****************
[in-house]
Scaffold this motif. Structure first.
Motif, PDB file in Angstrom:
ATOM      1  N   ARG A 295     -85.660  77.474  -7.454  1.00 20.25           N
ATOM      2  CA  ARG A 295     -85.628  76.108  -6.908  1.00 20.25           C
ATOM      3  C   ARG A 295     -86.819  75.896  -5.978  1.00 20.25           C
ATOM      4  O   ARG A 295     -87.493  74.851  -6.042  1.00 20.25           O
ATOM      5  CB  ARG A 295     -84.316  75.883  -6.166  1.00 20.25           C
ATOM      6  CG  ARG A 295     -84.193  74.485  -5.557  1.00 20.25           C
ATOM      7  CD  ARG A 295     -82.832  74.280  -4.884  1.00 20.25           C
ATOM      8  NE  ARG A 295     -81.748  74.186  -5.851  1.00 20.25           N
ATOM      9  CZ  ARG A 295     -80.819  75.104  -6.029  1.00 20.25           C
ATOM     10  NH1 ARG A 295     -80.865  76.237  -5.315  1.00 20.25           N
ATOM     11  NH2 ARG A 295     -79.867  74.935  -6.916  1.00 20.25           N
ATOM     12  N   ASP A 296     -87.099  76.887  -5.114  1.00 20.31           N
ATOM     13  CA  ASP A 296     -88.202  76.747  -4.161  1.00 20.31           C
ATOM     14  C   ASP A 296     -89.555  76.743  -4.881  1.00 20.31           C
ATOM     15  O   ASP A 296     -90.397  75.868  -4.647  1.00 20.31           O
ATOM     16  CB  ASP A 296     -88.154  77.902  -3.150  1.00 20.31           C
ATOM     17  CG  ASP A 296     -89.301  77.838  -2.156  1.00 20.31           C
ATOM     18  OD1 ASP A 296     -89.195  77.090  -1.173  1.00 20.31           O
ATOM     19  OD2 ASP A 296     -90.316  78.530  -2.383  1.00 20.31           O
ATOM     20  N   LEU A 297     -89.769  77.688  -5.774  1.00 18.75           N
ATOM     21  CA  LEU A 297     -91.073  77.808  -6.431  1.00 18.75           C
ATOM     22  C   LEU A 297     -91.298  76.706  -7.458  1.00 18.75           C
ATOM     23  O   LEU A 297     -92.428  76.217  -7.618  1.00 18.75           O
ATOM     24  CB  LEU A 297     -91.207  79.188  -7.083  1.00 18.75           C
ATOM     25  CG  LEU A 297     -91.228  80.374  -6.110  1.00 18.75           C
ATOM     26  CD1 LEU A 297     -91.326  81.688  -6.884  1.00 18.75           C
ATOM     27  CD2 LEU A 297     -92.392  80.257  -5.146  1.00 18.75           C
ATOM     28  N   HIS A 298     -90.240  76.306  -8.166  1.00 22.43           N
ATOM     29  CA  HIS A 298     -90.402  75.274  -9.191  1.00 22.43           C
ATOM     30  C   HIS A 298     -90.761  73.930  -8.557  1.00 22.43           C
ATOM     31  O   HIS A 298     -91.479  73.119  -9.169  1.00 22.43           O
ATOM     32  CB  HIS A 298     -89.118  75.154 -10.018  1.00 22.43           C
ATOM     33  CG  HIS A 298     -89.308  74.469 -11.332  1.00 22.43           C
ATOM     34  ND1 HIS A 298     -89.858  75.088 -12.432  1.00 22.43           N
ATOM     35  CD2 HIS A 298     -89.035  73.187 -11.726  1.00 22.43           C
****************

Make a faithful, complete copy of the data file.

[in-house]
Scaffold this motif. Structure first.
Motif, PDB file in Angstrom:
ATOM      1  N   ARG A 295     -85.660  77.474  -7.454  1.00 20.25           N
ATOM      2  CA  ARG A 295     -85.628  76.108  -6.908  1.00 20.25           C
ATOM      3  C   ARG A 295     -86.819  75.896  -5.978  1.00 20.25           C
ATOM      4  O   ARG A 295     -87.493  74.851  -6.042  1.00 20.25           O
ATOM      5  CB  ARG A 295     -84.316  75.883  -6.166  1.00 20.25           C
ATOM      6  CG  ARG A 295     -84.193  74.485  -5.557  1.00 20.25           C
ATOM      7  CD  ARG A 295     -82.832  74.280  -4.884  1.00 20.25           C
ATOM      8  NE  ARG A 295     -81.748  74.186  -5.851  1.00 20.25           N
ATOM      9  CZ  ARG A 295     -80.819  75.104  -6.029  1.00 20.25           C
ATOM     10  NH1 ARG A 295     -80.865  76.237  -5.315  1.00 20.25           N
ATOM     11  NH2 ARG A 295     -79.867  74.935  -6.916  1.00 20.25           N
ATOM     12  N   ASP A 296     -87.099  76.887  -5.114  1.00 20.31           N
ATOM     13  CA  ASP A 296     -88.202  76.747  -4.161  1.00 20.31           C
ATOM     14  C   ASP A 296     -89.555  76.743  -4.881  1.00 20.31           C
ATOM     15  O   ASP A 296     -90.397  75.868  -4.647  1.00 20.31           O
ATOM     16  CB  ASP A 296     -88.154  77.902  -3.150  1.00 20.31           C
ATOM     17  CG  ASP A 296     -89.301  77.838  -2.156  1.00 20.31           C
ATOM     18  OD1 ASP A 296     -89.195  77.090  -1.173  1.00 20.31           O
ATOM     19  OD2 ASP A 296     -90.316  78.530  -2.383  1.00 20.31           O
ATOM     20  N   LEU A 297     -89.769  77.688  -5.774  1.00 18.75           N
ATOM     21  CA  LEU A 297     -91.073  77.808  -6.431  1.00 18.75           C
ATOM     22  C   LEU A 297     -91.298  76.706  -7.458  1.00 18.75           C
ATOM     23  O   LEU A 297     -92.428  76.217  -7.618  1.00 18.75           O
ATOM     24  CB  LEU A 297     -91.207  79.188  -7.083  1.00 18.75           C
ATOM     25  CG  LEU A 297     -91.228  80.374  -6.110  1.00 18.75           C
ATOM     26  CD1 LEU A 297     -91.326  81.688  -6.884  1.00 18.75           C
ATOM     27  CD2 LEU A 297     -92.392  80.257  -5.146  1.00 18.75           C
ATOM     28  N   HIS A 298     -90.240  76.306  -8.166  1.00 22.43           N
ATOM     29  CA  HIS A 298     -90.402  75.274  -9.191  1.00 22.43           C
ATOM     30  C   HIS A 298     -90.761  73.930  -8.557  1.00 22.43           C
ATOM     31  O   HIS A 298     -91.479  73.119  -9.169  1.00 22.43           O
ATOM     32  CB  HIS A 298     -89.118  75.154 -10.018  1.00 22.43           C
ATOM     33  CG  HIS A 298     -89.308  74.469 -11.332  1.00 22.43           C
ATOM     34  ND1 HIS A 298     -89.858  75.088 -12.432  1.00 22.43           N
ATOM     35  CD2 HIS A 298     -89.035  73.187 -11.726  1.00 22.43           C